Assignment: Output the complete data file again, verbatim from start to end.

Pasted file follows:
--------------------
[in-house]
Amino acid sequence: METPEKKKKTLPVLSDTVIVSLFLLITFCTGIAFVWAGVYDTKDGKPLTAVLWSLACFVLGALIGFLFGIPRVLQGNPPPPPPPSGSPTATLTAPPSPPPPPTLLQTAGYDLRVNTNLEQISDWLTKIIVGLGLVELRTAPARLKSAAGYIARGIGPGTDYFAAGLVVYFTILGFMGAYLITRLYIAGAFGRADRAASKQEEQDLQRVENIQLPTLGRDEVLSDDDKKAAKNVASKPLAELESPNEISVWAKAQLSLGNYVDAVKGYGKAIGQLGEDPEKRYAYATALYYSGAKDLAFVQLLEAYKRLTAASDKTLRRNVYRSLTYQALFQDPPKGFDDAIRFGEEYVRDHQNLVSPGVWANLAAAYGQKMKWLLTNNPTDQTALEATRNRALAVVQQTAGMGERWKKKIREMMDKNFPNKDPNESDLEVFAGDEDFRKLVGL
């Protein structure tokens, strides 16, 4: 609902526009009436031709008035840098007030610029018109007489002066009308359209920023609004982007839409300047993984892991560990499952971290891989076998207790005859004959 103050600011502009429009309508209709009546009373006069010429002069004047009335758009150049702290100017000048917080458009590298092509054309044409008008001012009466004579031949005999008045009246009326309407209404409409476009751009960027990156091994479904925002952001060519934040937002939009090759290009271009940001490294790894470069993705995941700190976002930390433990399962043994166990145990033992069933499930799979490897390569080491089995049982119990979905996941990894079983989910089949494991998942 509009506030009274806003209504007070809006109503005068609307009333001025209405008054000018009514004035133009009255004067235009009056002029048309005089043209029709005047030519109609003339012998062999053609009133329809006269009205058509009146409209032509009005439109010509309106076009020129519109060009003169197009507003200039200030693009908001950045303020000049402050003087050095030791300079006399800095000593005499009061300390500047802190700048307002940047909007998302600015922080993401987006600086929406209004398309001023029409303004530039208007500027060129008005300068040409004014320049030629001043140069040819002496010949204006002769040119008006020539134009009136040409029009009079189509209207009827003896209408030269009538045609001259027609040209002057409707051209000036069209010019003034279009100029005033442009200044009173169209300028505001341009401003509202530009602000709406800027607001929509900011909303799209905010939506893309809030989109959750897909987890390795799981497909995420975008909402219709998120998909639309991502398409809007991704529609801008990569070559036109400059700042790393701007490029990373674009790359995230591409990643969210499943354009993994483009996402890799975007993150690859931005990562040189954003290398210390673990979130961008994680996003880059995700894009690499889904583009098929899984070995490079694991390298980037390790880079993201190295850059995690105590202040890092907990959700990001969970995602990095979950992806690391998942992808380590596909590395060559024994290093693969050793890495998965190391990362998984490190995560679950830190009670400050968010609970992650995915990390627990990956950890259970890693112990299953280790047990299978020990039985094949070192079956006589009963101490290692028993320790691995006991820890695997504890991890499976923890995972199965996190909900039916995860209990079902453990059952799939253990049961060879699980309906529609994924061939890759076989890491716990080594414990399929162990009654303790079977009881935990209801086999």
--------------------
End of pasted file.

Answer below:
[in-house]
Amino acid sequence: METPEKKKKTLPVLSDTVIVSLFLLITFCTGIAFVWAGVYDTKDGKPLTAVLWSLACFVLGALIGFLFGIPRVLQGNPPPPPPPSGSPTATLTAPPSPPPPPTLLQTAGYDLRVNTNLEQISDWLTKIIVGLGLVELRTAPARLKSAAGYIARGIGPGTDYFAAGLVVYFTILGFMGAYLITRLYIAGAFGRADRAASKQEEQDLQRVENIQLPTLGRDEVLSDDDKKAAKNVASKPLAELESPNEISVWAKAQLSLGNYVDAVKGYGKAIGQLGEDPEKRYAYATALYYSGAKDLAFVQLLEAYKRLTAASDKTLRRNVYRSLTYQALFQDPPKGFDDAIRFGEEYVRDHQNLVSPGVWANLAAAYGQKMKWLLTNNPTDQTALEATRNRALAVVQQTAGMGERWKKKIREMMDKNFPNKDPNESDLEVFAGDEDFRKLVGL
């Protein structure tokens, strides 16, 4: 609902526009009436031709008035840098007030610029018109007489002066009308359209920023609004982007839409300047993984892991560990499952971290891989076998207790005859004959 103050600011502009429009309508209709009546009373006069010429002069004047009335758009150049702290100017000048917080458009590298092509054309044409008008001012009466004579031949005999008045009246009326309407209404409409476009751009960027990156091994479904925002952001060519934040937002939009090759290009271009940001490294790894470069993705995941700190976002930390433990399962043994166990145990033992069933499930799979490897390569080491089995049982119990979905996941990894079983989910089949494991998942 509009506030009274806003209504007070809006109503005068609307009333001025209405008054000018009514004035133009009255004067235009009056002029048309005089043209029709005047030519109609003339012998062999053609009133329809006269009205058509009146409209032509009005439109010509309106076009020129519109060009003169197009507003200039200030693009908001950045303020000049402050003087050095030791300079006399800095000593005499009061300390500047802190700048307002940047909007998302600015922080993401987006600086929406209004398309001023029409303004530039208007500027060129008005300068040409004014320049030629001043140069040819002496010949204006002769040119008006020539134009009136040409029009009079189509209207009827003896209408030269009538045609001259027609040209002057409707051209000036069209010019003034279009100029005033442009200044009173169209300028505001341009401003509202530009602000709406800027607001929509900011909303799209905010939506893309809030989109959750897909987890390795799981497909995420975008909402219709998120998909639309991502398409809007991704529609801008990569070559036109400059700042790393701007490029990373674009790359995230591409990643969210499943354009993994483009996402890799975007993150690859931005990562040189954003290398210390673990979130961008994680996003880059995700894009690499889904583009098929899984070995490079694991390298980037390790880079993201190295850059995690105590202040890092907990959700990001969970995602990095979950992806690391998942992808380590596909590395060559024994290093693969050793890495998965190391990362998984490190995560679950830190009670400050968010609970992650995915990390627990990956950890259970890693112990299953280790047990299978020990039985094949070192079956006589009963101490290692028993320790691995006991820890695997504890991890499976923890995972199965996190909900039916995860209990079902453990059952799939253990049961060879699980309906529609994924061939890759076989890491716990080594414990399929162990009654303790079977009881935990209801086999």